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September 14, 2010


Jack & John aren’t so bad after all

by Deena Winter

So I did the Jack & John show this morning and I have to say, they were pretty easy on me. Then again, they’re pretty easy on everybody who is ACTUALLY IN THE STUDIO with them.
It’s very odd to go on the radio and talk about what you think about something after spending 17 years being a journalist who isn’t allowed to express an opinion. Reporters have opinions — they’re some of the most opinionated people I know — they just don’t get to espouse them publicly. So it’s disconcerting to even border on opinion in a public format.
But it seems as though people want our take on things. Look at the success of Fox News… they’re spinning everything and yet they’ve overtaken CNN (who would have thought that possible?) by a long shot.
I don’t believe in spinning the news, but I do think sometimes people want you to connect the dots for them, rather than just throwing the dots out and hoping people will figure it out.
In this blog, I’m going to try to connect the dots more often.
What do you think?

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6 Comments Post a comment
  1. Fletch
    Sep 14 2010

    I thought you did a nice job on there. Kudos!

  2. sharon kromarek
    Sep 15 2010

    missed your interveiw but am excited to hear what you have to say, you go girl !!!!!!!

  3. Roger Yant
    Sep 15 2010

    Sorry I missed your interview with Jack & John, I just never listen to them, kind of boring and childish at times. They are part of the Lincoln establishment and bend the way of those that supported the Arena, they want to be part of the in-crowd in town, afraid to take on the establishment. If I would have know I would have listened though. Be sure and put it on youir blog if you are going to do any more radio or TV. Roger

  4. Fletch
    Sep 15 2010

    I guess I must like boring and childish. It’s the most entertaining morning show KLIN has ever had on the air that I can recall. Also, Jack Mitchell doesn’t strike me as part of the in crowd afraid to take on the establishment. He strikes me as the most savvy person in Lincoln radio that is taking advantage of “new media” to try to bring listeners to radio (where they’ve been fleeing for years). I don’t know him personally, but he effectively is blending radio with social media to the point where I feel involved in the show. No one else in town is doing that. I follow most local media on Twitter, and I think he’s ahead of the curve. In fact, you can simply follow Channels 8 and 10/11 on Twitter, and it’s easy to see in one day who has more of a clue than the other (not that either is great, but one is clearly stuck in 1970’s news promo land).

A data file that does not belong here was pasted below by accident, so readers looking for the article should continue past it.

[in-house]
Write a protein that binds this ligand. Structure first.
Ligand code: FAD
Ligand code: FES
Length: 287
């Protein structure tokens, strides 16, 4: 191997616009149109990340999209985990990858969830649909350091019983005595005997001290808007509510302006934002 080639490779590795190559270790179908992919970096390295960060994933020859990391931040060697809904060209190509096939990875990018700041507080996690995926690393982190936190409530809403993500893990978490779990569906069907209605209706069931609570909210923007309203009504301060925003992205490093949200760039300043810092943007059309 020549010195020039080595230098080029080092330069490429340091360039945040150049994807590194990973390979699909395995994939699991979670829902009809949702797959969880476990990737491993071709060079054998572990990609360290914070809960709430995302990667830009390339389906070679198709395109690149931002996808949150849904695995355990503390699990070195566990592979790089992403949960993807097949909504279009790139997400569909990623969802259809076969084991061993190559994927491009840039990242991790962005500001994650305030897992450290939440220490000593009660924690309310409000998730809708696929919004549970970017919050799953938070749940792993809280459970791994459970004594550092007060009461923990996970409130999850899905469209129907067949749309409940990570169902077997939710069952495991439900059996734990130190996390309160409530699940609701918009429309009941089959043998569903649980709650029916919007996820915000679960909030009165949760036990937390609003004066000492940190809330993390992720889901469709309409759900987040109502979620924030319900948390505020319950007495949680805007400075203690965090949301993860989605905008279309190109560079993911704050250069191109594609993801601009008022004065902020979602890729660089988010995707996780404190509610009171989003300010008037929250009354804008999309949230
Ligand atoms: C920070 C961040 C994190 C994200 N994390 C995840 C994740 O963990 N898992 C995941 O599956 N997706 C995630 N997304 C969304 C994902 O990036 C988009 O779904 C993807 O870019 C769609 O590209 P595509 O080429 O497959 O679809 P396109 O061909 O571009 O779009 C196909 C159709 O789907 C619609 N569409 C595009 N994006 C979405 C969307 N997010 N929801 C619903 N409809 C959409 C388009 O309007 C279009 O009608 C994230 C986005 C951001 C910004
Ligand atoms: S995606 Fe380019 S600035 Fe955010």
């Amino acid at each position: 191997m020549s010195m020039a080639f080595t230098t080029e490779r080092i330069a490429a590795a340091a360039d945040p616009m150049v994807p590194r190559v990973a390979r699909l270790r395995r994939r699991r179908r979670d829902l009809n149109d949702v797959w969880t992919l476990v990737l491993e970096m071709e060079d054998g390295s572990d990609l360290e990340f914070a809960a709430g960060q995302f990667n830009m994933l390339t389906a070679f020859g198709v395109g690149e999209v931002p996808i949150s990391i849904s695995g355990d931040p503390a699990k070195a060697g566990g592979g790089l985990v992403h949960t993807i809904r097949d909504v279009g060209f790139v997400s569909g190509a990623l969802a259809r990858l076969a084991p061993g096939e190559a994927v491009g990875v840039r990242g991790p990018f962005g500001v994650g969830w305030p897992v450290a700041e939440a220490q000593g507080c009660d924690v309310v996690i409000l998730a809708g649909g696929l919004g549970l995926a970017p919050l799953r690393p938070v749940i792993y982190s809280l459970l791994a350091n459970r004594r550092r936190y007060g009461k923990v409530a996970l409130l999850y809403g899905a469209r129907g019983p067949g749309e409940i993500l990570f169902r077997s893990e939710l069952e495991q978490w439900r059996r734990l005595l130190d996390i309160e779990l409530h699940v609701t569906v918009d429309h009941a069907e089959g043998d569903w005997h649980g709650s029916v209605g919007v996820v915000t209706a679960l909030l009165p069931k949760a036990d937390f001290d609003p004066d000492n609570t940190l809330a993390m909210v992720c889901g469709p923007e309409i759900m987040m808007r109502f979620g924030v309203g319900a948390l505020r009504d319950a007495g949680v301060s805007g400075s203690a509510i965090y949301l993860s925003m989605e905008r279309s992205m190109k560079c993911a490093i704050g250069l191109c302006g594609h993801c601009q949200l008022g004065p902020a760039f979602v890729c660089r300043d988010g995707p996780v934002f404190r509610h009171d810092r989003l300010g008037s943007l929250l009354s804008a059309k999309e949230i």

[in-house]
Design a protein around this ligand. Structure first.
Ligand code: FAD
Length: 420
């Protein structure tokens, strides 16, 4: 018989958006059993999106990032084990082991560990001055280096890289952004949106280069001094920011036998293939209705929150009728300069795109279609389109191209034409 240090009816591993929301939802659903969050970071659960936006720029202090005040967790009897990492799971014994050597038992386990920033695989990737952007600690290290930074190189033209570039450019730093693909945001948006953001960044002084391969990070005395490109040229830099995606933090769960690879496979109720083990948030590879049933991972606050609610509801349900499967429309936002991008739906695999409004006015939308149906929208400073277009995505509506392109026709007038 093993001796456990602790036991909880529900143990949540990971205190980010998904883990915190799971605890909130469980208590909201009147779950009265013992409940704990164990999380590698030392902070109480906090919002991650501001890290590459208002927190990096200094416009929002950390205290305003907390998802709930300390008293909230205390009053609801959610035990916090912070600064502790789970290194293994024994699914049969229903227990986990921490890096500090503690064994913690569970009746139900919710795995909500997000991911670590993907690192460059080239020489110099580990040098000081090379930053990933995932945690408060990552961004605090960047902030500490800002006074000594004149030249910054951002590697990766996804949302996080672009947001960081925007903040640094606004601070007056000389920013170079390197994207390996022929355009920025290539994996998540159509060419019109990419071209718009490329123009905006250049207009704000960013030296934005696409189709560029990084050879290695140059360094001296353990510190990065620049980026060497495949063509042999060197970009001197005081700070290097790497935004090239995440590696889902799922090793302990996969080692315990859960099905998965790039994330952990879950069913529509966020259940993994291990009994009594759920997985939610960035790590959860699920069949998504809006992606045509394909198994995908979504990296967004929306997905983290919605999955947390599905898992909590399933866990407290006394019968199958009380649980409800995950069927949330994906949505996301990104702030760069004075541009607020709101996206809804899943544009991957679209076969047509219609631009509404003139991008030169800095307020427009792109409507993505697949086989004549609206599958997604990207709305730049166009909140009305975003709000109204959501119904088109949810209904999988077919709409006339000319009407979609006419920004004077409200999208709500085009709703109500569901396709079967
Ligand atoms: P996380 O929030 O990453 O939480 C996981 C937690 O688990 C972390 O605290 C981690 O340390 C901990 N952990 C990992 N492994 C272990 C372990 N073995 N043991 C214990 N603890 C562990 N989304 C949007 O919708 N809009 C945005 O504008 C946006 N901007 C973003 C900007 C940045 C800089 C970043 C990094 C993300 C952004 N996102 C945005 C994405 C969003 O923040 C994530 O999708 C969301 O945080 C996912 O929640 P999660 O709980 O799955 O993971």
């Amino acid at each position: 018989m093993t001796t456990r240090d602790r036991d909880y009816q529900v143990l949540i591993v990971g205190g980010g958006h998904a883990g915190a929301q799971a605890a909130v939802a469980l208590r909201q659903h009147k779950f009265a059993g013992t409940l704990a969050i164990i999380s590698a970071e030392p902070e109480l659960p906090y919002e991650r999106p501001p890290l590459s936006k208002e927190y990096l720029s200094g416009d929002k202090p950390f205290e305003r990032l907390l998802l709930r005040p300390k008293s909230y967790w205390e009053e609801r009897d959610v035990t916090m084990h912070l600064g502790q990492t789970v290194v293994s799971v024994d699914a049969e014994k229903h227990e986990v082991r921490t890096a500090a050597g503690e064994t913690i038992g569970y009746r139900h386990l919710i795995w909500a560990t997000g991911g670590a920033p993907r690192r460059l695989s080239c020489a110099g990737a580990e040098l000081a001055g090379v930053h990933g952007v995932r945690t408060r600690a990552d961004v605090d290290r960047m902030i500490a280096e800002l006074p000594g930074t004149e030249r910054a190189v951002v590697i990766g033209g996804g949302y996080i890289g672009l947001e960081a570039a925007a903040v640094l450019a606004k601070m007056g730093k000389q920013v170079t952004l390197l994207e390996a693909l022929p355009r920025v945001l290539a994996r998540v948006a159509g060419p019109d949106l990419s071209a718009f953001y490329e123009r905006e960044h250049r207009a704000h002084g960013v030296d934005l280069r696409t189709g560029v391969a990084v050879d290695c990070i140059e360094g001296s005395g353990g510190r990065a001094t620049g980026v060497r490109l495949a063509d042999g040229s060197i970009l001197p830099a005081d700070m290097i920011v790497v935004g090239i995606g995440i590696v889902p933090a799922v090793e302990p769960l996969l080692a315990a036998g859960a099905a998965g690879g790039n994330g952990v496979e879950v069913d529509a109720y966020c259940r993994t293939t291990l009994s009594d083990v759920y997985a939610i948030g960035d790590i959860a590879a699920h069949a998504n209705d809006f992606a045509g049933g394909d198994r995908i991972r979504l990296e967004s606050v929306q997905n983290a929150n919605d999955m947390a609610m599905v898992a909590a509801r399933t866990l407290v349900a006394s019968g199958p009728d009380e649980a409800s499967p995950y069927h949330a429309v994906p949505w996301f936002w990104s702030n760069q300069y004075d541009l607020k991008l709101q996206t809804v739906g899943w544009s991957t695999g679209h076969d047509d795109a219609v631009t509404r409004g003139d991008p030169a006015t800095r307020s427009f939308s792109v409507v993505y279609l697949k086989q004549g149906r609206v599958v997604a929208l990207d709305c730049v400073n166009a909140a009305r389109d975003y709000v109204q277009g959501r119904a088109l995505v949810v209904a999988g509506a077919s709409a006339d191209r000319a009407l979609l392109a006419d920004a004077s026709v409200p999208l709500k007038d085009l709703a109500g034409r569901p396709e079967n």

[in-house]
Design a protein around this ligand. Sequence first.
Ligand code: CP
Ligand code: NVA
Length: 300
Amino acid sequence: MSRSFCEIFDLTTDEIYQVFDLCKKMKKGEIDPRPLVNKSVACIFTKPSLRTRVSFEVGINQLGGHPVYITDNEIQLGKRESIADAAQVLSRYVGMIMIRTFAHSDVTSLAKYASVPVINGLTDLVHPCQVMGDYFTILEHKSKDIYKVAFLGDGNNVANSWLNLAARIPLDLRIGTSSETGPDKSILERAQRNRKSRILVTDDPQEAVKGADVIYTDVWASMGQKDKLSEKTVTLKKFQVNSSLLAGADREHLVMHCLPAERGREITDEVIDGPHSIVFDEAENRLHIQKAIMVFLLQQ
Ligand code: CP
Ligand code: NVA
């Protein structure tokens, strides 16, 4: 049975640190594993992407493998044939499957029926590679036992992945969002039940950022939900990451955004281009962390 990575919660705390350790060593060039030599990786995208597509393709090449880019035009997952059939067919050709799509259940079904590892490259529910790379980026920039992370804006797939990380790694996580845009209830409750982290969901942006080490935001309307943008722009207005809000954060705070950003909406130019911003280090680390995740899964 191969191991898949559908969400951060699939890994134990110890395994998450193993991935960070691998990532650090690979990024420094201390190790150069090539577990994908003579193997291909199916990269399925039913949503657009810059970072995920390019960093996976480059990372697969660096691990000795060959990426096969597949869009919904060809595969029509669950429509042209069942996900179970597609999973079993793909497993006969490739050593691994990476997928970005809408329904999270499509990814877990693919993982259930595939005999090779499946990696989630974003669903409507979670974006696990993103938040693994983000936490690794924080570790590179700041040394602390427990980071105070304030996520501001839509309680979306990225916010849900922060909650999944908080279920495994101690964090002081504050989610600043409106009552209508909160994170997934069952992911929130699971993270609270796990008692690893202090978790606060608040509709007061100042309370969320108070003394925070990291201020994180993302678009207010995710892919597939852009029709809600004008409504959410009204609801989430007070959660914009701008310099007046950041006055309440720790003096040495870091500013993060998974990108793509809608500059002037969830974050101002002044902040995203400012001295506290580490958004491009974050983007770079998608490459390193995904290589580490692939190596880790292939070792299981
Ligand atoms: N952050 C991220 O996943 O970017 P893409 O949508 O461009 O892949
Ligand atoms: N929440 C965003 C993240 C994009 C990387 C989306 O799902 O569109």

5. Ed Patterson
    Sep 16 2010

    Jack and John were unabashed promoters of the Arena Project, as am I myself for that matter, but they supported it even to the point of supporting the public option for the financing and financial risk, and that is where I parted company with their approach.

    ….. Looking around the Lincoln Journalistic scene, ………

    There was a migrant from the sparsely populated North Country, with a tendency, not yet hammered out of her, to “connect the dots,” as it were. …LOL

    The radio promotion by Jack & John was what promoters of the public finance option on the Arena desperately needed, gearing up for the “$25,000,000” bond issue, actually obligating the taxpayers to about $800,000,000 in payments over the years. They weren’t really easy on you in the interview, actually it was the other way around, and being a guest in their studio, you were very gracious to your hosts.

    The music they played introducing you was Darth Vadar’s theme from the Star Wars movies, … making them the Jedi Knights I presume? … LOL

    But if one delves deeply enough into the history of local media, say to the 1960’s with the Lincoln Journal before it merged with the morning paper, the Star, it too was an unabashed promoter of family projects, and got itself crosswise with the trust of the people in the process. Mainly for that reason, and not just the changing technology, the Deena Winter years at the Journal were one of the best things that could have happened for readership of the paper. That is something that Jack and John might want to keep in mind.

  6. CJ
    Oct 2 2010

    I think you’re right on target in terms of people wanting–or perhaps “needing” is the better verb–to have the dots connected for them by someone who can do it in a fairly neutral way. If you as a reporter don’t do that, what you end up with is the current MSM practice of having reporters act as simple scribes, which is worthless when you’re covering politicians for whom spin/lying is a given.

    The best reporters sift out the chaff for their readers, along with explaining how Point A relates to Point G, once you get rid of the meaningless static provided by Points B through F. But, of course, that takes a lot more work/insight/smarts/knowledge than most reporters plying the trade today can or will offer up.


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